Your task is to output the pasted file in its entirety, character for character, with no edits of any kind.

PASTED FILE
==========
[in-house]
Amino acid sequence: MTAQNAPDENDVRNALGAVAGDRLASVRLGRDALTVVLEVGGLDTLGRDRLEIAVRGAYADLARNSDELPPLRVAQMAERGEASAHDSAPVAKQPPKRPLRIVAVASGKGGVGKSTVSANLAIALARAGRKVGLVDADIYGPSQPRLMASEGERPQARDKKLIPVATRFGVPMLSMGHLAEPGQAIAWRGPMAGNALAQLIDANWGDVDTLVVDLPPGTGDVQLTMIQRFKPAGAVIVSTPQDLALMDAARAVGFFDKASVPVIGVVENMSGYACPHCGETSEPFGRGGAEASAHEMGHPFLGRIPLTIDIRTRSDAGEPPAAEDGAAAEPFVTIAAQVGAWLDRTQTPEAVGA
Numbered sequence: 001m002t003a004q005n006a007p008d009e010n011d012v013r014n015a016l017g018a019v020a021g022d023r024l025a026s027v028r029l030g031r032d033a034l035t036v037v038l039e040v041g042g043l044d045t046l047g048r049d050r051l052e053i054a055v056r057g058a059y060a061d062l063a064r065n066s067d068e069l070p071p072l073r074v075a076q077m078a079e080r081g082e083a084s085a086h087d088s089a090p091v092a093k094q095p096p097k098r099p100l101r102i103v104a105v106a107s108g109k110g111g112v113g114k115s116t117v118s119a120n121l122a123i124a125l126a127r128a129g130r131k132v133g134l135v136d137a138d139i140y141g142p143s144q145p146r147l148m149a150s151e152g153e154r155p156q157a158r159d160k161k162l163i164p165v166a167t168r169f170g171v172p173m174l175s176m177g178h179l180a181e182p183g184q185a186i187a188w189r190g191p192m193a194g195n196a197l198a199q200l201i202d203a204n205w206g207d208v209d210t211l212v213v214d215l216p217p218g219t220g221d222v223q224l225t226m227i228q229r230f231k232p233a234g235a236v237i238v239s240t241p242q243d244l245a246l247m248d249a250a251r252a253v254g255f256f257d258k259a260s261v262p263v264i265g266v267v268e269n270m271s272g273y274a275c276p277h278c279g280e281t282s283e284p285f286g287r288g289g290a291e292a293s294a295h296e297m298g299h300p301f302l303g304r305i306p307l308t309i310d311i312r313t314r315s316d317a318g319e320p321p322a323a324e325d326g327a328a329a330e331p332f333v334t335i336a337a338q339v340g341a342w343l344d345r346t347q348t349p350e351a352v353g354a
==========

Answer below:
[in-house]
Amino acid sequence: MTAQNAPDENDVRNALGAVAGDRLASVRLGRDALTVVLEVGGLDTLGRDRLEIAVRGAYADLARNSDELPPLRVAQMAERGEASAHDSAPVAKQPPKRPLRIVAVASGKGGVGKSTVSANLAIALARAGRKVGLVDADIYGPSQPRLMASEGERPQARDKKLIPVATRFGVPMLSMGHLAEPGQAIAWRGPMAGNALAQLIDANWGDVDTLVVDLPPGTGDVQLTMIQRFKPAGAVIVSTPQDLALMDAARAVGFFDKASVPVIGVVENMSGYACPHCGETSEPFGRGGAEASAHEMGHPFLGRIPLTIDIRTRSDAGEPPAAEDGAAAEPFVTIAAQVGAWLDRTQTPEAVGA
Numbered sequence: 001m002t003a004q005n006a007p008d009e010n011d012v013r014n015a016l017g018a019v020a021g022d023r024l025a026s027v028r029l030g031r032d033a034l035t036v037v038l039e040v041g042g043l044d045t046l047g048r049d050r051l052e053i054a055v056r057g058a059y060a061d062l063a064r065n066s067d068e069l070p071p072l073r074v075a076q077m078a079e080r081g082e083a084s085a086h087d088s089a090p091v092a093k094q095p096p097k098r099p100l101r102i103v104a105v106a107s108g109k110g111g112v113g114k115s116t117v118s119a120n121l122a123i124a125l126a127r128a129g130r131k132v133g134l135v136d137a138d139i140y141g142p143s144q145p146r147l148m149a150s151e152g153e154r155p156q157a158r159d160k161k162l163i164p165v166a167t168r169f170g171v172p173m174l175s176m177g178h179l180a181e182p183g184q185a186i187a188w189r190g191p192m193a194g195n196a197l198a199q200l201i202d203a204n205w206g207d208v209d210t211l212v213v214d215l216p217p218g219t220g221d222v223q224l225t226m227i228q229r230f231k232p233a234g235a236v237i238v239s240t241p242q243d244l245a246l247m248d249a250a251r252a253v254g255f256f257d258k259a260s261v262p263v264i265g266v267v268e269n270m271s272g273y274a275c276p277h278c279g280e281t282s283e284p285f286g287r288g289g290a291e292a293s294a295h296e297m298g299h300p301f302l303g304r305i306p307l308t309i310d311i312r313t314r315s316d317a318g319e320p321p322a323a324e325d326g327a328a329a330e331p332f333v334t335i336a337a338q339v340g341a342w343l344d345r346t347q348t349p350e351a352v353g354a